The tubes are sturdy enough to protect the paint and the twist cap is easy to open. A little squeeze sends the paint out in a buttery consistency. This is thanks to the honey binder used instead of the traditional gum Arabic. Like Holbein, M. Graham’s honey binding agent prevents the paint from easily drying out. It also makes it convenient to reactivate with water. The downside is that it will attract ants and critters.

Colors Included

Each box contains five tube colors at 15ml each. The Cityscape box contains:

• Sepia (Subway gray)

• Hansa Yellow Deep (Taxi Cab Yellow)

• Burnt Sienna (Brick Red)

• Paynes Gray (Asphalt Gray)

As you can see, M. Graham has its own nickname for the paints. This can be confusing at first but you can always compare the pigment code and typical paint name if needed. Unless you use their watercolors exclusively then you might want to make sure you’re not getting repeat colors from other brands by doing so.

Lightfastness & Pigments

You can refer to M. Graham’s lightfast chart below to find out the exact pigments, lightfast ratings, transparency or other properties of the paint.

The Good & The Bad

The Good

  • Gorgeous packaging
  • Portable and convenient set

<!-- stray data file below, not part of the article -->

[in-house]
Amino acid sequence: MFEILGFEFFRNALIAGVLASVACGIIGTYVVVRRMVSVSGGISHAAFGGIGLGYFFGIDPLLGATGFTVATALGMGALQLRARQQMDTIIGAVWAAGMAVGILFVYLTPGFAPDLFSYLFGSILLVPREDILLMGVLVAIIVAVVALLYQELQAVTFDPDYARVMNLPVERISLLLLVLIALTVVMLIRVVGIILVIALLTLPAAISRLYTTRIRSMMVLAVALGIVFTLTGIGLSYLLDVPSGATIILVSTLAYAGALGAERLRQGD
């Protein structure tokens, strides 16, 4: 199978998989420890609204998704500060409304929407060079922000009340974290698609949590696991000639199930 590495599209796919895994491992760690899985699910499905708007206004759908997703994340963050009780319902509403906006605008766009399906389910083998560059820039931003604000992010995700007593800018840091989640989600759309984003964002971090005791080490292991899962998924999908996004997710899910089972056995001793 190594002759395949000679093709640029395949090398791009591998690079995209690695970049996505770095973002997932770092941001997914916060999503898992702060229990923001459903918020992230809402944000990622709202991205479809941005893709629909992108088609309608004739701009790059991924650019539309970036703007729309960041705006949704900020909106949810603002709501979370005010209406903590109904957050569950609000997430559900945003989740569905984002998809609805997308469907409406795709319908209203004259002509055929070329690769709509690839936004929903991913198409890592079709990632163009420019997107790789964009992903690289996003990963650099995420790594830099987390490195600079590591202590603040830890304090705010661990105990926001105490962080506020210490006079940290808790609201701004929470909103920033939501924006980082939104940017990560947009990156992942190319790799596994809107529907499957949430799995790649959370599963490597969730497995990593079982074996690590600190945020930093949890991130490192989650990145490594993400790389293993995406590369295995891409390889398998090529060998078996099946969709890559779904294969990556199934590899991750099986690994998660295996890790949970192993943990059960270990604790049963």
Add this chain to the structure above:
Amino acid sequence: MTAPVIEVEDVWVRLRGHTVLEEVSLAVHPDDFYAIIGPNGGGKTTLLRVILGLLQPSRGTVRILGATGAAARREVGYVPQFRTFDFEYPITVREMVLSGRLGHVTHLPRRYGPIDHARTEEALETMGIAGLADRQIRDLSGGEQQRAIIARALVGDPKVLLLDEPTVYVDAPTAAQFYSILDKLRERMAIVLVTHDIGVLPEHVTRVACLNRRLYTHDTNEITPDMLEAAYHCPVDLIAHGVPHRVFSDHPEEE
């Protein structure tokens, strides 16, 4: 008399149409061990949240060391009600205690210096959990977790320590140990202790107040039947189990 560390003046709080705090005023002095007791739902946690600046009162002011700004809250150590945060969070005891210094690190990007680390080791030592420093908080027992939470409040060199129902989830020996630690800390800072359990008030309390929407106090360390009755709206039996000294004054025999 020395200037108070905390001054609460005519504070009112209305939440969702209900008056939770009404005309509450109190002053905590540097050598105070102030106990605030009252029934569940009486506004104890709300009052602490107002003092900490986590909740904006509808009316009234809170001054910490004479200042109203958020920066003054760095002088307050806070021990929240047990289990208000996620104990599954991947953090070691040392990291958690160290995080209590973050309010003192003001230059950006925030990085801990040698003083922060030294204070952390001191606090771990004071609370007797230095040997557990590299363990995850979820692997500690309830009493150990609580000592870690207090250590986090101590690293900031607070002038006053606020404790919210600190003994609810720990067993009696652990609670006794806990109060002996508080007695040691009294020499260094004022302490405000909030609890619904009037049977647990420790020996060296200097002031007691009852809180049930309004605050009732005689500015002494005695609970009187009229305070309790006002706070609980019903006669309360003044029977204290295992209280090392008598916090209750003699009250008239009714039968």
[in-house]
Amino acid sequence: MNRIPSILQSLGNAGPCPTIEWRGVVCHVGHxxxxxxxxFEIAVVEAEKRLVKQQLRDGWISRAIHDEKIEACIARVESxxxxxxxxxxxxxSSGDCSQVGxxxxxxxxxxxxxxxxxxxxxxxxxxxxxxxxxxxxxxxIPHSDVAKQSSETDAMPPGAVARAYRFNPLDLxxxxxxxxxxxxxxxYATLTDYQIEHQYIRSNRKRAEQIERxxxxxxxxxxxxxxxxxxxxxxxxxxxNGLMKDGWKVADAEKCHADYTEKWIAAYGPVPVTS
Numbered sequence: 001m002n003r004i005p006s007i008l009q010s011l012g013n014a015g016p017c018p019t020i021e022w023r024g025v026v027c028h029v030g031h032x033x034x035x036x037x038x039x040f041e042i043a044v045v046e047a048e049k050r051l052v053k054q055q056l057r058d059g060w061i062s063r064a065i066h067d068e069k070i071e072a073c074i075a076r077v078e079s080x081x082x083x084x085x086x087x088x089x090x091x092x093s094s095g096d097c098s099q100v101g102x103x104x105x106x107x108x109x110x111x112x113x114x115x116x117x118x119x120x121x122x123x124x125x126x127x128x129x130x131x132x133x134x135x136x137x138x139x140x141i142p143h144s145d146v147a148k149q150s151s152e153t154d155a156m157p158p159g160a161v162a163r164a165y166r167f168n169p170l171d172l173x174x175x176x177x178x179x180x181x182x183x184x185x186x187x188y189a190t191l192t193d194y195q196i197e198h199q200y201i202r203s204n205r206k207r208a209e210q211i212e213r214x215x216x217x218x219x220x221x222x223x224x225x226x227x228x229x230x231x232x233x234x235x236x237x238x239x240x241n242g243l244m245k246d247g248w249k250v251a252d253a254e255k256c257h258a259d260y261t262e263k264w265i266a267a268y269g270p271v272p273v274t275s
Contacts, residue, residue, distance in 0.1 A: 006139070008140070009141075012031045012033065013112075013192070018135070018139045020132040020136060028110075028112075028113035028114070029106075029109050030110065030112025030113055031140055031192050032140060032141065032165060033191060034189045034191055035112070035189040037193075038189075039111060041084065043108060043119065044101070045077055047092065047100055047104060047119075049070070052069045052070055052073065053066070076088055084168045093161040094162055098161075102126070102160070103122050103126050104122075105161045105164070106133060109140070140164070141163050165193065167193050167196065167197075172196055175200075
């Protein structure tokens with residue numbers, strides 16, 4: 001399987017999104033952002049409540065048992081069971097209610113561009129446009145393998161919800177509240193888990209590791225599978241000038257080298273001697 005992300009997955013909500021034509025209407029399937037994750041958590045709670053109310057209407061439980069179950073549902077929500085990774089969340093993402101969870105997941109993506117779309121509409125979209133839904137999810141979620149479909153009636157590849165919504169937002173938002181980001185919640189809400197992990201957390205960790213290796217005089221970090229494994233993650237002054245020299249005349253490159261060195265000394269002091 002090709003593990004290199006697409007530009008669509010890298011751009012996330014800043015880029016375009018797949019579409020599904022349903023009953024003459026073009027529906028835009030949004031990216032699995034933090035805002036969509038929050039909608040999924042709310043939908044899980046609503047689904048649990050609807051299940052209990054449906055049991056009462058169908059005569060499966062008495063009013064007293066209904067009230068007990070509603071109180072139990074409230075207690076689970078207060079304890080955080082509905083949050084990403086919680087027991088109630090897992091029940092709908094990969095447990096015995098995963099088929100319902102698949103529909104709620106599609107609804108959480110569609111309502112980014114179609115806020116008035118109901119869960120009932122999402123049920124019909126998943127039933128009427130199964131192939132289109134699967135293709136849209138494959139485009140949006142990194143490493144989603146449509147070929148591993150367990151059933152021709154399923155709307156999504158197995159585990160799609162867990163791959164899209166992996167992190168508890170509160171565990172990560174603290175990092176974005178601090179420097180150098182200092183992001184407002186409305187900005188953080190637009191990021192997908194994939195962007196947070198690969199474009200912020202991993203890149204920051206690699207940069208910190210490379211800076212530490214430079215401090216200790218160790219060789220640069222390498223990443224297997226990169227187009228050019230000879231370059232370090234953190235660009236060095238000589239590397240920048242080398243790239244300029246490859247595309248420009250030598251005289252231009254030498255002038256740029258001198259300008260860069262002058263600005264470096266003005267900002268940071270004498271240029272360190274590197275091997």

• Paints are vibrant
  • Easily squeezes from the tube
  • Substantial tube size
  • Can be easily reactivated
  • Features mostly lightfast pigments (for this box only)
  • Environmentally friendly
  • Superb quality

The Bad

  • More expensive compared to other brands
  • Attracts ants
  • Doesn’t fully dry into a cake because of the honey binder – (although I don’t have a problem with Holbein doing this for some reason)
  • If you buy only sets, they can contain duplicate colors
  • Because they don’t fully dry, they can grow mold easily especially during humid weather

Should You Buy It

If it’s within budget and you want superb quality paints, then yes. I love using them at home but learned the hard way they’re better carried in a tube and squeezed into the palette as you need them when travelling or painting outdoors. I made the mistake of squeezing them into a palette and travelling. Suffice it to say, I had a goopy mess inside my bag waiting for me. (Darn you, Payne’s Gray! shakesfistintheair)

Another thing, M. Graham only has a limited set of colors so all those crazy iridescent and duochromes from Daniel Smith is something you won’t find in their roster.

Where To Buy

You can find the box sets and open stock tubes available in retailers like Amazon and Dickblick. Locally, I buy mine from Artnebula PH. They’re one of the few that sell them. You’ll find open stock and box sets there as well.

Note: For non-watercolor enthusiasts, M. Graham also has oil paints, acrylic and gouache available. I’ve never tried them but I’m hoping to do so (especially the gouache and oil paints) but I need to find them first.

Disclaimer: I am NOT affiliated with the companies mentioned and I wasn’t paid to do this review. All of the thoughts expressed here are my own. It comes from buying, testing and using the product for myself.